Selectmen Narrowly Nix Chloe’s Path; Proposal May Return As Standard 40B Project

By: Alan Pollock

Topics: Housing and homelessness

An architect’s rendering of the proposed Chloe’s Path development. COURTESY PHOTO

HARWICH — On a split vote Monday, selectmen rejected a “friendly 40B” application for the 96-unit Chloe’s path housing development off Sisson Road.

Under a potentially less friendly arrangement, the developer now has the option of bringing the project directly to the zoning board of appeals for a comprehensive permit.

The selectmen voted 3-2 against supporting the development, which has been the subject of a series of recent meetings. Of the 96 apartments proposed, 24 would be reserved as affordable, and responding to concerns raised at previous sessions, applicant Brian Bush of Kemah Apartments, LLC, agreed to designate another eight units as income-restricted “workforce housing.” Bush also agreed to a condition requiring that Harwich residents would be given precedence in applying for 70 percent of the units at the time of the initial leases.

Selectman Julie Kavanagh questioned the market analysis used to set renal rates for the market-rate apartments.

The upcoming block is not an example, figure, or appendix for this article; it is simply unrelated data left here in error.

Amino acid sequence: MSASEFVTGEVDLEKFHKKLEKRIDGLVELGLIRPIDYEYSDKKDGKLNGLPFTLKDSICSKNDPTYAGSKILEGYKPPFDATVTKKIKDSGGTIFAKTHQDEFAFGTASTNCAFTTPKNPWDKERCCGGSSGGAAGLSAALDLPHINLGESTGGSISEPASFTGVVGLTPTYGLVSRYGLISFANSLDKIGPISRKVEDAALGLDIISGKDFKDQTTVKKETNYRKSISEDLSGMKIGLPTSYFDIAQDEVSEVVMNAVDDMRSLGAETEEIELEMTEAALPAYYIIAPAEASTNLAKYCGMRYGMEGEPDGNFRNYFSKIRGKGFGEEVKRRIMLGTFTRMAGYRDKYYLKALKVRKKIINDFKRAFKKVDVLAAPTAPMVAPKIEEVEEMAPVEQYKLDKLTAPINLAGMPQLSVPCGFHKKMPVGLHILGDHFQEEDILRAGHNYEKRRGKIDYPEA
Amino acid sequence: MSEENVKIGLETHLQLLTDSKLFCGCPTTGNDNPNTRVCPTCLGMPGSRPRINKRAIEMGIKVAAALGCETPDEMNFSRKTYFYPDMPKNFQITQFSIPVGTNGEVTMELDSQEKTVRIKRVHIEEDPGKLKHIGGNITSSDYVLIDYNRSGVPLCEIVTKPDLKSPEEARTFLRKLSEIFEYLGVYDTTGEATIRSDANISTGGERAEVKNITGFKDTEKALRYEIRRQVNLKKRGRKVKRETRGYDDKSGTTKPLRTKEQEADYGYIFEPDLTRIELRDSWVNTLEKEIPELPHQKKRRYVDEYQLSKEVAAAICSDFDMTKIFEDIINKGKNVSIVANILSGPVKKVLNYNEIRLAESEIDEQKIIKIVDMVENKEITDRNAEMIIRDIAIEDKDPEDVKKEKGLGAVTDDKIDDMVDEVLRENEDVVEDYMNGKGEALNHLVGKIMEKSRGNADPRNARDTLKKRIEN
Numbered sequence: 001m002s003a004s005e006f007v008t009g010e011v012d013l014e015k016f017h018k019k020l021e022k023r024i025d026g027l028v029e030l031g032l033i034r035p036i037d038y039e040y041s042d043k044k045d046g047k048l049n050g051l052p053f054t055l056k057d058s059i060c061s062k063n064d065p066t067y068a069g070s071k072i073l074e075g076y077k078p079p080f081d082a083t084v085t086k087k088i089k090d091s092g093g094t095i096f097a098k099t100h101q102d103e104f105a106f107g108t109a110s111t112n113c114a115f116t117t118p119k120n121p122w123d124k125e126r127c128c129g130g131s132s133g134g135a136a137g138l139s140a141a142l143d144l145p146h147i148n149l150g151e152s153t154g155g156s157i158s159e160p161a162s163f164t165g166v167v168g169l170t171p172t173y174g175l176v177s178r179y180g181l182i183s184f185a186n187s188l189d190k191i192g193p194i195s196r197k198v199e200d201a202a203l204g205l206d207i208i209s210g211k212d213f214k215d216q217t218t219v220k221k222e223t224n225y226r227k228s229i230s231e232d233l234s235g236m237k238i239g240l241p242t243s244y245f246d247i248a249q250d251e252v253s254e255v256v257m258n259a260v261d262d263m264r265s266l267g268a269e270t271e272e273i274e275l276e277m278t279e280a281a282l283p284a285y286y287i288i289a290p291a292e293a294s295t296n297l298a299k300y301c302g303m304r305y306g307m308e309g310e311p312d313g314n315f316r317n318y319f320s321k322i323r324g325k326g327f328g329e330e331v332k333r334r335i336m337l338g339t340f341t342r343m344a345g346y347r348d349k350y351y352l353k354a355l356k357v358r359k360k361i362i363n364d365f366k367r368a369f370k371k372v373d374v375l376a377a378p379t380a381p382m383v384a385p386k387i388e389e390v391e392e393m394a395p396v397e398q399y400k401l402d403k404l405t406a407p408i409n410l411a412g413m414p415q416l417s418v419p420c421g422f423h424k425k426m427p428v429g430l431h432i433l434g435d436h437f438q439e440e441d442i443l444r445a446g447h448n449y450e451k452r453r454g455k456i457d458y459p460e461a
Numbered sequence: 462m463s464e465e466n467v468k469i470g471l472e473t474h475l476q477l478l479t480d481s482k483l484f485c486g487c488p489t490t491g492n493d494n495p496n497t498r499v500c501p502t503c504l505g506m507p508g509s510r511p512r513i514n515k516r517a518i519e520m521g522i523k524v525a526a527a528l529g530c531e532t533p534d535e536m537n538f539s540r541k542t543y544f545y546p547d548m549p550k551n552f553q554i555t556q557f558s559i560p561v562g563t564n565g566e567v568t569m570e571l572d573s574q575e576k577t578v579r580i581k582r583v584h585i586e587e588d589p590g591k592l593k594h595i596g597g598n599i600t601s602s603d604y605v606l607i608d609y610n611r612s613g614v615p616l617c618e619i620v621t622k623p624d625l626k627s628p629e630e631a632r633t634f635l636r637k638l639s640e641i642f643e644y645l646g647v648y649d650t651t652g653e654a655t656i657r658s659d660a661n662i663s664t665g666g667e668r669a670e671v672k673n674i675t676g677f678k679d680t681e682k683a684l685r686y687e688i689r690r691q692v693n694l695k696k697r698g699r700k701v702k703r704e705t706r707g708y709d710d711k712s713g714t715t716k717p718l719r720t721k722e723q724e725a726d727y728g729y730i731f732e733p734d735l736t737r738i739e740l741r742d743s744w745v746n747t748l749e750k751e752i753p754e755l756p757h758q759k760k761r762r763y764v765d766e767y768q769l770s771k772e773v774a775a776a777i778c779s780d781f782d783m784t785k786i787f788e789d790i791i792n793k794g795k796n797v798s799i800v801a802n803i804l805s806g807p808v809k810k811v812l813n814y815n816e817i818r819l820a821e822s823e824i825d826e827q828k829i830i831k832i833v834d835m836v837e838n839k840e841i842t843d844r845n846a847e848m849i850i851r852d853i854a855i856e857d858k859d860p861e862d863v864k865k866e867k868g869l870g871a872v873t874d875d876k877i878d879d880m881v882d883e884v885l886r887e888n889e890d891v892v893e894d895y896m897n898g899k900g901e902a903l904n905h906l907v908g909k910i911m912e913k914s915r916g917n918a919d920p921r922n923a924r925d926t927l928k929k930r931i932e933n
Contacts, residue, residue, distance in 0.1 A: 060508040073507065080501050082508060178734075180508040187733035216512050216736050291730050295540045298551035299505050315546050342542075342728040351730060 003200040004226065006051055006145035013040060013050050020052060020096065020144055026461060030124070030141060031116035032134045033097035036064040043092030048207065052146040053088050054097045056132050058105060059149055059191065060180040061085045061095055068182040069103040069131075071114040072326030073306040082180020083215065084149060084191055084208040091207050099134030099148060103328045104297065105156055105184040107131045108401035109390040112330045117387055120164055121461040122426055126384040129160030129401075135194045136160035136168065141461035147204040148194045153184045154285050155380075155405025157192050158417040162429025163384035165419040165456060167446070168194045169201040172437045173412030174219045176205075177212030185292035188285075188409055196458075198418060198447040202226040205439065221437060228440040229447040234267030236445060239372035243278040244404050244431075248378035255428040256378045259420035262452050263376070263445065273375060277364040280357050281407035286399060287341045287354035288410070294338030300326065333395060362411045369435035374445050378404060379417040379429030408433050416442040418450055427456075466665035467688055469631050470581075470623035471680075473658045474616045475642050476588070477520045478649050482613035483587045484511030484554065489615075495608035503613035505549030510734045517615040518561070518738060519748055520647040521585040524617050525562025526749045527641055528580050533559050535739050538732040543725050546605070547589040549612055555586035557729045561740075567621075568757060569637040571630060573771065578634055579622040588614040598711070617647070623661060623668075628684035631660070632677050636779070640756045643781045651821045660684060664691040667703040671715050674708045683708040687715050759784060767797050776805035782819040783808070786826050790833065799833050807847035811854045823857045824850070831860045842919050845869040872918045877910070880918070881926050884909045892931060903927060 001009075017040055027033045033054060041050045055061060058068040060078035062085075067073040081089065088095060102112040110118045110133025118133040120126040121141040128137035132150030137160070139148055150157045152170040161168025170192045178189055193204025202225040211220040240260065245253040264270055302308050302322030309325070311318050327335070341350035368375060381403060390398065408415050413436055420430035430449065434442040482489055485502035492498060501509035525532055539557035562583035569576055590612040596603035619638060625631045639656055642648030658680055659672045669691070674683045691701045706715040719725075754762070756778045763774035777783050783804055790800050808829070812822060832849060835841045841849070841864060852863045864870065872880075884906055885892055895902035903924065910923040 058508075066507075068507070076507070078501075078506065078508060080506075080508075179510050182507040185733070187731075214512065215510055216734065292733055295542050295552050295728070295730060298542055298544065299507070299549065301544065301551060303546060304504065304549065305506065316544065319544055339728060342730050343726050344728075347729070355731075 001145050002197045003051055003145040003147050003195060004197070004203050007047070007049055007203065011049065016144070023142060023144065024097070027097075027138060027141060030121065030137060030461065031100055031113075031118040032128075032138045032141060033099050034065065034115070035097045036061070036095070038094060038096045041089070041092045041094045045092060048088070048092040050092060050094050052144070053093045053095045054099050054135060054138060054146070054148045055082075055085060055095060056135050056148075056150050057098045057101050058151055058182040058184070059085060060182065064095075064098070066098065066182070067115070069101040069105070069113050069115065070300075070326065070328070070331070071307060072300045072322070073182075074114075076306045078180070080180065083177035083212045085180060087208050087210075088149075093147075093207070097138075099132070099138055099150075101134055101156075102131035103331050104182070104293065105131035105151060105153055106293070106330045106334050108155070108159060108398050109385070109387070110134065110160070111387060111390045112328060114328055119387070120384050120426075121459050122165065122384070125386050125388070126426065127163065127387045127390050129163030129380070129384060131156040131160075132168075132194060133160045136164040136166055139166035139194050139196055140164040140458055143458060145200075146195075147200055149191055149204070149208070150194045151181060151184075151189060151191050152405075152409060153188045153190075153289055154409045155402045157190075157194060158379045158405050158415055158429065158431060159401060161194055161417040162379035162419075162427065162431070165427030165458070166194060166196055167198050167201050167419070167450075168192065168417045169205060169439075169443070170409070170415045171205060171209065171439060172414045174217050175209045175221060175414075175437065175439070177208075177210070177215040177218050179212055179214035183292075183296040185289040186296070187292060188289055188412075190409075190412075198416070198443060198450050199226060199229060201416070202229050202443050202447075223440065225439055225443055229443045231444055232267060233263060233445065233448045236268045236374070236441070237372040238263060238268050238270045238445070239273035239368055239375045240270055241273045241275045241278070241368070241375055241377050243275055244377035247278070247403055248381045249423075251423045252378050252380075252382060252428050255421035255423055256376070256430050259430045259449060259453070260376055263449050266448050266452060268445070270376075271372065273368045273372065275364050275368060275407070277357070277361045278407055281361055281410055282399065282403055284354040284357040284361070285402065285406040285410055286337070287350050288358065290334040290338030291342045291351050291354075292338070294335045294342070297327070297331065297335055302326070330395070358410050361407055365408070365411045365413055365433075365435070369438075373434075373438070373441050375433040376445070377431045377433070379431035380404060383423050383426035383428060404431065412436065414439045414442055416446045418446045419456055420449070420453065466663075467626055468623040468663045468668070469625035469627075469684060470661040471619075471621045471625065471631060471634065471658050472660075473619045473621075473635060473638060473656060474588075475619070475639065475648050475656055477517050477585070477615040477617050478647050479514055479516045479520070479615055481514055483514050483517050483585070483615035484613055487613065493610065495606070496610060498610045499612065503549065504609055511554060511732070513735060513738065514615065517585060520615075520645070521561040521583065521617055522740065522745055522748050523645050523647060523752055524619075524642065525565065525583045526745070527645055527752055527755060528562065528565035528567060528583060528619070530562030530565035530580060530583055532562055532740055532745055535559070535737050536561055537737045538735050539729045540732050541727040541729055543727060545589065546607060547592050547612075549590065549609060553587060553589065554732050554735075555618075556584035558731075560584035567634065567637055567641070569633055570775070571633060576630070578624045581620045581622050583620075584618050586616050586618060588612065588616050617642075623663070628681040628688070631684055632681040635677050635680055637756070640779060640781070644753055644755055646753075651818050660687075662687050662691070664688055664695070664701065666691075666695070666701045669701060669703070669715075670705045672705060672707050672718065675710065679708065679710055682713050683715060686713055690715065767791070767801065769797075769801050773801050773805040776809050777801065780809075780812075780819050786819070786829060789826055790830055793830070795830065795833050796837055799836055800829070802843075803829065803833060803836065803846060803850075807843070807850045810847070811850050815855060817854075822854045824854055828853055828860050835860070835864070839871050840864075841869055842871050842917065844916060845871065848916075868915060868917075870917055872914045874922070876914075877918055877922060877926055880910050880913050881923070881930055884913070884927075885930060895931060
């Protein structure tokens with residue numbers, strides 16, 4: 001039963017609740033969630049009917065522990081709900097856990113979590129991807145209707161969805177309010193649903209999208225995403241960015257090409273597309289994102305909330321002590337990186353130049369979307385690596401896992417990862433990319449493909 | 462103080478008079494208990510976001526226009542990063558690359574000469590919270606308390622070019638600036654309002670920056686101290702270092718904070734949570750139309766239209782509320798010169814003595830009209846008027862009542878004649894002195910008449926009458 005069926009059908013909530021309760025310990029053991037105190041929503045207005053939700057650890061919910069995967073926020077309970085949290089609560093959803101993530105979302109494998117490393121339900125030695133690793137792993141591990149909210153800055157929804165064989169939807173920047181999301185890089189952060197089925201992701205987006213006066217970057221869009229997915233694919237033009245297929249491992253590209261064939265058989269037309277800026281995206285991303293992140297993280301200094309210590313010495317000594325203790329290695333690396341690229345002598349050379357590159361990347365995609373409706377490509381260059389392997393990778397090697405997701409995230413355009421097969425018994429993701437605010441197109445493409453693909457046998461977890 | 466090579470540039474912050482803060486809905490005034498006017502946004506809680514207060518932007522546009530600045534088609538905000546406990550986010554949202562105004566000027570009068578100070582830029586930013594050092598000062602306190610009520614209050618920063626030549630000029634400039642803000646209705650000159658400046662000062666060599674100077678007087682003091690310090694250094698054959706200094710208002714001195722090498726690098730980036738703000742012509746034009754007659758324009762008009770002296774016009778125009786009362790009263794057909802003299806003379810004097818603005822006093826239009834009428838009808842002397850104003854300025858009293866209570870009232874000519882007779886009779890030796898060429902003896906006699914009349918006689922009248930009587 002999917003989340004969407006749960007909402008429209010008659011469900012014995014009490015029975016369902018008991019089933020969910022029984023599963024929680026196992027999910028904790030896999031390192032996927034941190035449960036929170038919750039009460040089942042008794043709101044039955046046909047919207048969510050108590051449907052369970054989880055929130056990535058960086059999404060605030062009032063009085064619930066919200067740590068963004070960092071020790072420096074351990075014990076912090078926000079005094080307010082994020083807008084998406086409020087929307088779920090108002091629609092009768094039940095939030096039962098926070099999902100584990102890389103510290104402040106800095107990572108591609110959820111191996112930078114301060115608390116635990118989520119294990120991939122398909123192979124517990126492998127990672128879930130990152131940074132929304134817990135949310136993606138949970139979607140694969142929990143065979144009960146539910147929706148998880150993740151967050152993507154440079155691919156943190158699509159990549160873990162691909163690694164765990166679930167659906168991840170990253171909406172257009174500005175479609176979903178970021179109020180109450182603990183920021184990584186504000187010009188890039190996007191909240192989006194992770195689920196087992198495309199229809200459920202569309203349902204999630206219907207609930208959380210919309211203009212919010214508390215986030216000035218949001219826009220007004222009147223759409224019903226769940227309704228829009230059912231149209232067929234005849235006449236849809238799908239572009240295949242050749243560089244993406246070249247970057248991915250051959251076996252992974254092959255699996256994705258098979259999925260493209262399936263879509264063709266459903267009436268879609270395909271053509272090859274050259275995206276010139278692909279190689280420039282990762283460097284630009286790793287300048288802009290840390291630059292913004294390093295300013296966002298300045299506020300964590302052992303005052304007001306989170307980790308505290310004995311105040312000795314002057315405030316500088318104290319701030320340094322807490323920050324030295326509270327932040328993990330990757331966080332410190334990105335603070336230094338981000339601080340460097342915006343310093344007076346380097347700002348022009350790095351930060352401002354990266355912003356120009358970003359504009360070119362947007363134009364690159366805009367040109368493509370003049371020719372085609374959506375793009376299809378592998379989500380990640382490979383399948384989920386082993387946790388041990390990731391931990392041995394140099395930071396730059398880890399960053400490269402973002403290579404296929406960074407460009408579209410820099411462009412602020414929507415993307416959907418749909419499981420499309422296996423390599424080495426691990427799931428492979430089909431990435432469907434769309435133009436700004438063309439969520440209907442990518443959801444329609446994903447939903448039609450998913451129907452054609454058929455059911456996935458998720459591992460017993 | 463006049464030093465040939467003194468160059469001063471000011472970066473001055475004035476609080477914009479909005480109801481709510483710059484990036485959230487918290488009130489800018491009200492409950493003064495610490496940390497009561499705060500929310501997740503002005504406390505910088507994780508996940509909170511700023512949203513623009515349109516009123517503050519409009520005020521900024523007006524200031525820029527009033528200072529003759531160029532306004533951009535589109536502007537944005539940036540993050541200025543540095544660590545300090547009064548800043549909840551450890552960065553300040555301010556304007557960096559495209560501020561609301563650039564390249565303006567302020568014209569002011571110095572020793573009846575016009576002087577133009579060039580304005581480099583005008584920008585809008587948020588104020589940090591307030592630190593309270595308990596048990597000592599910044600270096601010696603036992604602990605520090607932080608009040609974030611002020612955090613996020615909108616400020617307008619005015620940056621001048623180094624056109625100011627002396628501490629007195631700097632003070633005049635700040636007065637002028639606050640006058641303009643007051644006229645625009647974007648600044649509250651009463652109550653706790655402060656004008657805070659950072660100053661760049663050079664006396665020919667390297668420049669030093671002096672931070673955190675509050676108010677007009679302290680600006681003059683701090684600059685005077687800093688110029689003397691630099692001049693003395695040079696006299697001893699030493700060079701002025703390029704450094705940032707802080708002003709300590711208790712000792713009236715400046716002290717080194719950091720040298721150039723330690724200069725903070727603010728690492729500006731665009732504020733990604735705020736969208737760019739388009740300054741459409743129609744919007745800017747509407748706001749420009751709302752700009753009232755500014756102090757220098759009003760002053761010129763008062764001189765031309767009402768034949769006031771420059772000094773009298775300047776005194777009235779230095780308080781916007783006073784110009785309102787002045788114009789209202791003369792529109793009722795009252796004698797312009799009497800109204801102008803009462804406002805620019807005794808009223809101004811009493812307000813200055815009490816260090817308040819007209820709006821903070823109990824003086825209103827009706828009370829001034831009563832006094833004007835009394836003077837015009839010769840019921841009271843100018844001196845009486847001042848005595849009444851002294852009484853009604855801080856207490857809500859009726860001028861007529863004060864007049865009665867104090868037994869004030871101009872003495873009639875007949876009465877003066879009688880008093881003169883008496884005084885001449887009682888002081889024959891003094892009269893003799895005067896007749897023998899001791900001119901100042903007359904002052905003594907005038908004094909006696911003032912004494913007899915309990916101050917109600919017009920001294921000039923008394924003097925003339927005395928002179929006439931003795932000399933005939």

“I don’t doubt that people can pay those rents,” she said. “My question is, can people in our community pay those rents?” The proposed monthly rent for a three-bedroom market rate unit in the development is $3,150. A local family with children would need to be earning good money to afford that payment, she said. “That’s a mortgage,” Kavanagh said.

Attorney Andrew Singer, representing the developer, said that assumes that families can find a home to buy in their price range. The average home price on Cape Cod is climbing, he said.

“It’s risen while we’ve been sitting here,” he said. While the rental rates may seem high, “this won’t be a property for everybody. No property is,” Singer said. But together with affordable units here and elsewhere, the market units would help fill an urgent housing need in town, he said.

“My concern really still relates to density,” Selectmen Chairman Michael MacAskill said. “I don’t see a 96-unit building anywhere that fits into the character of this community.” Similar concerns were raised by area residents in previous meetings.

“The economics of rental affordable housing developments that are completed without public tax, [Community Preservation Act funds] and grant monies are such that the density is required because the privately-funded market rate units must subsidize the deed-restricted affordable units,” Singer said Tuesday. Without the market rate units, building affordable and workforce units would not be feasible, he said. “In addition, there is also a tremendous demand for market rate rentals on Cape Cod in general as well as the Lower Cape and Harwich in particular.”

Kavanagh said she also remains concerned about the scale of the three-story structure.